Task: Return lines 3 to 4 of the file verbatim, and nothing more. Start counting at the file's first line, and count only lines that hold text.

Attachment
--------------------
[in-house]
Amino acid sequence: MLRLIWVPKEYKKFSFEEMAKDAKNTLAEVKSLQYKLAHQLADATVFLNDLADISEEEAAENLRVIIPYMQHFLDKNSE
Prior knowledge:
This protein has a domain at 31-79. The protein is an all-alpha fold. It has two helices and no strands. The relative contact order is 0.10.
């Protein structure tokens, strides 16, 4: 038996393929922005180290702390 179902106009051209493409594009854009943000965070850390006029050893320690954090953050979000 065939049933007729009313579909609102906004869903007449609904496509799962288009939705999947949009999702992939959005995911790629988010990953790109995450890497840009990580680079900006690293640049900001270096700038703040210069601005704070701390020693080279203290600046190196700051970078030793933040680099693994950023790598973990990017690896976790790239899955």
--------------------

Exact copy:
Prior knowledge:
This protein has a domain at 31-79. The protein is an all-alpha fold. It has two helices and no strands. The relative contact order is 0.10.